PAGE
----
The leader organizes troop activities like eating, nesting in leaves, and moving about the group's home range. They eat roots, shoots, fruit, wild celery, and tree bark and pulp, as well as ants, termites and other insects. When fruit is scarce, Eastern Lowland Gorillas travel less and increase their consumption of herbaceous vegetation. They follow seasonal eating behavior.
Female gorillas give birth to one infant after a pregnancy of nearly nine months. Unlike their powerful parents, newborns are tiny—weighing four pounds (two kilograms)—and able only to cling to their mothers' fur. These infants ride on their mothers' backs from the age of four months through the first two or three. Young gorillas, from three to six years old, remind human observers of children. Much of their day is spent in play, climbing trees, chasing one another, and swinging from branches.
In the wild, these primates are under siege. Forest loss is a twofold threat; it destroys gorilla habitat and brings hungry people who hunt gorillas for bush meat. Farming, grazing, and expanding human settlements are also shrinking the lowland gorillas’ space.
The Eastern Lowland Gorilla occurs only in eastern DRC, between the Lualaba river and the Burundi-Rwanda-Uganda border. Its distribution is limited to an area of about 90,000 km², within which it is thought to occupy an estimated 21,600 km² in five regions.
The trekking to see the Eastern lowland gorillas is open in the protected area of Kahuzi Biega National Park. In 2010 there are three habituated families, Chimanuka, Mankoto and Mugaruka. With ten families of gorillas remaining in the park area, the estimated number of gorillas today is 140 individuals only. A previous survey conducted in 1992 was showing the presence of 25 families with a total number of 284 individuals. The political turmoil which followed during the 90th and till recent time has affected much the conservation of the species.
Eastern chimpanzee (Pan Troglodytes Schweinfurthii)
The chimpanzees are our closest living relatives, sharing more than 98 per cent of our genetic blueprint. Humans and chimps are also thought to share a common ancestor who lived some four to eight million years ago. The chimpanzees are distinguished in two categories, the bonobo (Pan Paniscus) of the low land forests of Congo and the more common chimpanzee Pan Troglodytes.
Although chimpanzees normally walk on all fours (knuckle-walking), they can stand and walk upright. By swinging from branch to branch they can also move quite efficiently in the trees, where they do most of their eating. Chimpanzees usually sleep in the trees as well, they are generally fruit and plant eaters, but they also consume insects, eggs, and meat.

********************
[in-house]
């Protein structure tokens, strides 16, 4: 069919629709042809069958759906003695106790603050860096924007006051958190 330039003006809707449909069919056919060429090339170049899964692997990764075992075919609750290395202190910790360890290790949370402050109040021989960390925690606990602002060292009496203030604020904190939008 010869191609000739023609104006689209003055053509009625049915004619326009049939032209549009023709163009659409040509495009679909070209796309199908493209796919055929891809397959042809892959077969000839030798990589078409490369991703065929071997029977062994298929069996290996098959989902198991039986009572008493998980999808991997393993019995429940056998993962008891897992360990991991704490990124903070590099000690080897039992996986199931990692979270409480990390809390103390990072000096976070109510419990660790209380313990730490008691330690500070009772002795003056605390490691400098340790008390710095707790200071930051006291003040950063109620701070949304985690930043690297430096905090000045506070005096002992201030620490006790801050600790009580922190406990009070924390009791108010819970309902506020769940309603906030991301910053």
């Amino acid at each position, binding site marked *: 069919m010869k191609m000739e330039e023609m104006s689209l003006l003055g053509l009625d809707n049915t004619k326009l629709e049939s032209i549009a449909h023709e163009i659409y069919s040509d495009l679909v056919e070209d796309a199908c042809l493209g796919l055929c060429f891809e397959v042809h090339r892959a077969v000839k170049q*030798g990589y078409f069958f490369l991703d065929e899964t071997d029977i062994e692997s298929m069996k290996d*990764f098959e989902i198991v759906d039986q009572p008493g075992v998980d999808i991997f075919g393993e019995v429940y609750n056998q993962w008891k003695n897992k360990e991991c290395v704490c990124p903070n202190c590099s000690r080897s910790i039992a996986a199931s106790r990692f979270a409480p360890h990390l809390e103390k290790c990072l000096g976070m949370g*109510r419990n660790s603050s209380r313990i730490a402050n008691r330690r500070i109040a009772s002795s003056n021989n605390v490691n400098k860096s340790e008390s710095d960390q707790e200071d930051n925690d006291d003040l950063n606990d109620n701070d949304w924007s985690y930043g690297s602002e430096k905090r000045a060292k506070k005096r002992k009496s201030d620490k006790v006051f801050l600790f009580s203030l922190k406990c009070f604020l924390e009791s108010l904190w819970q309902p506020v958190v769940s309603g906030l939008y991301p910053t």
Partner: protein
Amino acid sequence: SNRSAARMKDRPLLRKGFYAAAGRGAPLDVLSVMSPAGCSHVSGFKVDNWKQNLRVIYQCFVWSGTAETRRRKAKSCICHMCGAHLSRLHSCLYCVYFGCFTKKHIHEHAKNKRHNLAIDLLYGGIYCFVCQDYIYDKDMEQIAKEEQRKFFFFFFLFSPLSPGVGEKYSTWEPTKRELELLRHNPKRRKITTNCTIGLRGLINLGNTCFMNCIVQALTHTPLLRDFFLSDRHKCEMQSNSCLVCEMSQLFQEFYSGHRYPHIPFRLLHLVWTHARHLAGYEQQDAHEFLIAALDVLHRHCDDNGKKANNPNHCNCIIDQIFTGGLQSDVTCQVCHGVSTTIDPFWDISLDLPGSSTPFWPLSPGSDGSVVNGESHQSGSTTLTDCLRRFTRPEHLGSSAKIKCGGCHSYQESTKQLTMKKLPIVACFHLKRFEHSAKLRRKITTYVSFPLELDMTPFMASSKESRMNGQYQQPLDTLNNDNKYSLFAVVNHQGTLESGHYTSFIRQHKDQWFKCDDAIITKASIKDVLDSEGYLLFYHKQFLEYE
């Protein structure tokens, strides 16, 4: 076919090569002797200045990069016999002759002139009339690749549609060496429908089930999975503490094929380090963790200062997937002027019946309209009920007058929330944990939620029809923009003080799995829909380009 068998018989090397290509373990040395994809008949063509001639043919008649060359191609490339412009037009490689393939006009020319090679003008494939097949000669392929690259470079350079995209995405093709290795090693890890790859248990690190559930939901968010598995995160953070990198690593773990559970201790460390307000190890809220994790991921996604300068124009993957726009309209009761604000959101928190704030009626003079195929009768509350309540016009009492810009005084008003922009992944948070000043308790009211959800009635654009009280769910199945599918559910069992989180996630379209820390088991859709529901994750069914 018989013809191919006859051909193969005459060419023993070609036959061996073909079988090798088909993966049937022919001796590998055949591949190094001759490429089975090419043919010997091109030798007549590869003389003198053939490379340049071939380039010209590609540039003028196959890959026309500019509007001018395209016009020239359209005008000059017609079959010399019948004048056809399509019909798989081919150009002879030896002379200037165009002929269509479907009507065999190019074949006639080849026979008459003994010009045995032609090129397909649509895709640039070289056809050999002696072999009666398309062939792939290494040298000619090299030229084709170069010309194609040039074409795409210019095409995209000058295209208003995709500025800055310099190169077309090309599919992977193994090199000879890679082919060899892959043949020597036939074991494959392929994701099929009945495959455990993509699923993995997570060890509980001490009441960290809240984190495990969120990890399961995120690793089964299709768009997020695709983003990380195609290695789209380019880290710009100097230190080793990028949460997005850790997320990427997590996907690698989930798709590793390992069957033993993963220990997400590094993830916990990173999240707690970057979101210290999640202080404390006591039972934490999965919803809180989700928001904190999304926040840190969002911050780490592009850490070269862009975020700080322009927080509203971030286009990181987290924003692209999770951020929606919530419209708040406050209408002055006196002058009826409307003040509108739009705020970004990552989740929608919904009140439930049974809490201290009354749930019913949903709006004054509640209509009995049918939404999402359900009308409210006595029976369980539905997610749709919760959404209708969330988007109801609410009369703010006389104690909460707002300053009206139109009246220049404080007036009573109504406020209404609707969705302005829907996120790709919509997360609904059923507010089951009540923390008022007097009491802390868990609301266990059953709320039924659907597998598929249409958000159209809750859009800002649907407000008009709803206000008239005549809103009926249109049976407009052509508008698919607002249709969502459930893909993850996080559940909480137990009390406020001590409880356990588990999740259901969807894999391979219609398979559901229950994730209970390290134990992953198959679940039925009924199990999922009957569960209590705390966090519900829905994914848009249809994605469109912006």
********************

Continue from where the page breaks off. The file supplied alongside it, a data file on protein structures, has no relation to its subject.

Chimpanzees are one of the few animal species that employ tools. They shape and use sticks to retrieve insects from their nests or dig grubs out of logs. They also use stones to smash open tasty nuts and employ leaves as sponges to soak up drinking water. Females can give birth at any time of year, typically to a single infant that clings to its mother's fur and later rides on her back until the age of two. Females reach reproductive age at 13, while males are not considered adults until they are 16 years old
Like other families of primates, the chimpanzees are more and more endangered. While in the 1960s they were over one million distributed among 21 countries, today we estimate there remain only 250.000 chimpanzees. Only in Uganda from a general survey of 2002 the estimated number of chimpanzees is 5000 individuals, distributed among different forest: 600 in Budongo, 1420 in Kibale, 450 between Kalinzu and Maramagambo, 210 in Bwindi. In Rwanda most of the chimpanzees are found in Nyungwe Forest with over 1000 individuals. Chimpanzees are also in Kahuzi Biega National Park, but not habituated, while small numbers are also seen regularly in Burundi in Kibira Forest and Bururi forest near Bururi.
The golden monkey (Cercopithecus mitis kandti) is an endemic primate of the Albertine Rift Valley. Golden monkeys live in groups between 20-80 individuals usually led by one adult male. They eat about 20 -30 plant species mainly leaves, fruits and invertebrates, but their main preference is bamboo. They weigh about 5 to 12 kg; the males have a reddish color on their back and on the dorsal part of their sides as well as some grizzled darker patches. Females are lighter in color and have less grizzled brown patches.
Little was known until recent decades about this primate, which was originally found in Gishwati forest but brought to extinction with the intensive deforestation. Today the only remaining troops of golden monkeys are found in Volcanoes National Park in Rwanda and in Mgahinga National Park in Uganda bordering Rwanda. With cooperation between ORTPN and Dian Fossey Gorilla Fund International (DGFIFI), two groups of golden monkeys have been habituated for tourist activities and this project will support the conservation of the species.